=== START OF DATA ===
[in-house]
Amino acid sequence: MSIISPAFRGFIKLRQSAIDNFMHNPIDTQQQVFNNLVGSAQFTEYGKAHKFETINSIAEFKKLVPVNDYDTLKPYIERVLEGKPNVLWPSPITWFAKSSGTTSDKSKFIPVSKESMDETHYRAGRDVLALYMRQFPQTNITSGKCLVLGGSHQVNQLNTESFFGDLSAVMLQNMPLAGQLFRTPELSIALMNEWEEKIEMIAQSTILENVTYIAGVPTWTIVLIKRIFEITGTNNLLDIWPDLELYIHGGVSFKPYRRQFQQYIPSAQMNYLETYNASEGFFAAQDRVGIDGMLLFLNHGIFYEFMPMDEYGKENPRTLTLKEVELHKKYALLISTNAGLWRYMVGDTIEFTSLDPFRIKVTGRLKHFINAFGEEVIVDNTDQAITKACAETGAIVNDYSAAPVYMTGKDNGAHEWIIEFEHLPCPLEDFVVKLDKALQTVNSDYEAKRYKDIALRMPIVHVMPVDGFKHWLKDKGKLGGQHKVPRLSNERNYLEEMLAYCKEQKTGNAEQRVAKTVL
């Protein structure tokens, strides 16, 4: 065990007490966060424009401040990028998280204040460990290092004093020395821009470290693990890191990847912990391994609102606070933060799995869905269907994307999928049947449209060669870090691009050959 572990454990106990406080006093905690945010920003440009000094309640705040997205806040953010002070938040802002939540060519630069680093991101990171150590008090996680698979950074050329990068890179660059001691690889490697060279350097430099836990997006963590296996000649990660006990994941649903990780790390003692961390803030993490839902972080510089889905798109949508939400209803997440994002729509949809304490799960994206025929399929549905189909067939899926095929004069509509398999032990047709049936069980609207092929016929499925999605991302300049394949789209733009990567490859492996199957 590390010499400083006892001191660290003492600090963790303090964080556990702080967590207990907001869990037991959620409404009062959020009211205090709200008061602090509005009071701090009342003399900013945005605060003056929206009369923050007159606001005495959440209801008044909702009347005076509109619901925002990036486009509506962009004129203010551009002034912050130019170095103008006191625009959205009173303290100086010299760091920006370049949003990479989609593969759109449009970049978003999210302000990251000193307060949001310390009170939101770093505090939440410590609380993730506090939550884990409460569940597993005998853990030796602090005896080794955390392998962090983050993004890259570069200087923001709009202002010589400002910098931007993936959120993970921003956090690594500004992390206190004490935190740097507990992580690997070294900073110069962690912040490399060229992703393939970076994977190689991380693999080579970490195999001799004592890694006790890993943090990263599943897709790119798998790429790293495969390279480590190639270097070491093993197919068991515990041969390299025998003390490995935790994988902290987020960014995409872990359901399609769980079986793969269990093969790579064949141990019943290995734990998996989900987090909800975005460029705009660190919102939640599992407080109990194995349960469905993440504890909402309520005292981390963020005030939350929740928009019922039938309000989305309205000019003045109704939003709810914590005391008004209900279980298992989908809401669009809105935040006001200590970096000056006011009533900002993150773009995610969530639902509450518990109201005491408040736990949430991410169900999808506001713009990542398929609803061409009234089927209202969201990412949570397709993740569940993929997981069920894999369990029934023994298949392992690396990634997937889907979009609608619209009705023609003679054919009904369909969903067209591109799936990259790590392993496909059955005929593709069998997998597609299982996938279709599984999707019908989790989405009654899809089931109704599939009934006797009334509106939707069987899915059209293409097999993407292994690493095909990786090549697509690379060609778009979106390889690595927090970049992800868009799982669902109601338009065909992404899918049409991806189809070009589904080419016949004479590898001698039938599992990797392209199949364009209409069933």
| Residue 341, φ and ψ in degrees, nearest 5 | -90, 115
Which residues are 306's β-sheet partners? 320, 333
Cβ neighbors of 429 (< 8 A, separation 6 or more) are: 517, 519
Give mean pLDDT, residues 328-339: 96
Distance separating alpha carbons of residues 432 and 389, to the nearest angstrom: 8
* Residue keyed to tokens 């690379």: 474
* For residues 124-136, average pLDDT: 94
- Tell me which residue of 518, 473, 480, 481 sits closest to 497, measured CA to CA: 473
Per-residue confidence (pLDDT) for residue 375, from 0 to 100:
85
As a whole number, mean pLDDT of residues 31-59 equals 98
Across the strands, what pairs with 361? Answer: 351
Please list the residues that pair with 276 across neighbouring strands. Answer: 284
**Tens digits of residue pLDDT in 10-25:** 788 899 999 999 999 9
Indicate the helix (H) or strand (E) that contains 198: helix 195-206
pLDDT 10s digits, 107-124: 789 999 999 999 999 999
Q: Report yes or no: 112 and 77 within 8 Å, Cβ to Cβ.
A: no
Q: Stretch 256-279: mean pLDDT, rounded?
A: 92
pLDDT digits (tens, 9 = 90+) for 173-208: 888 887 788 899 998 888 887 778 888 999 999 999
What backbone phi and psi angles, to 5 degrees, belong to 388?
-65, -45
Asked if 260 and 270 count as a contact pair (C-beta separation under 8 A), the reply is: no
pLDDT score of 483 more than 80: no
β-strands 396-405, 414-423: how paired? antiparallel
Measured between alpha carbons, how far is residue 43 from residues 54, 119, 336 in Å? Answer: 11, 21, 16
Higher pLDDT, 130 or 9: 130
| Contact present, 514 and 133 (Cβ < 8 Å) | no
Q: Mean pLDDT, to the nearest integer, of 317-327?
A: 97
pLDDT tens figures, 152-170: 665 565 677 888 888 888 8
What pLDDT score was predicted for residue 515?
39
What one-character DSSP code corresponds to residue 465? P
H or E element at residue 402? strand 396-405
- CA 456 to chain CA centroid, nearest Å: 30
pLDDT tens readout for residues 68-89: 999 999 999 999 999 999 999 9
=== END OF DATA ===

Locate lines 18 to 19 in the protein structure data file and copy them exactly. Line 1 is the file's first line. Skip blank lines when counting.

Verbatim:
Indicate the helix (H) or strand (E) that contains 198: helix 195-206
pLDDT 10s digits, 107-124: 789 999 999 999 999 999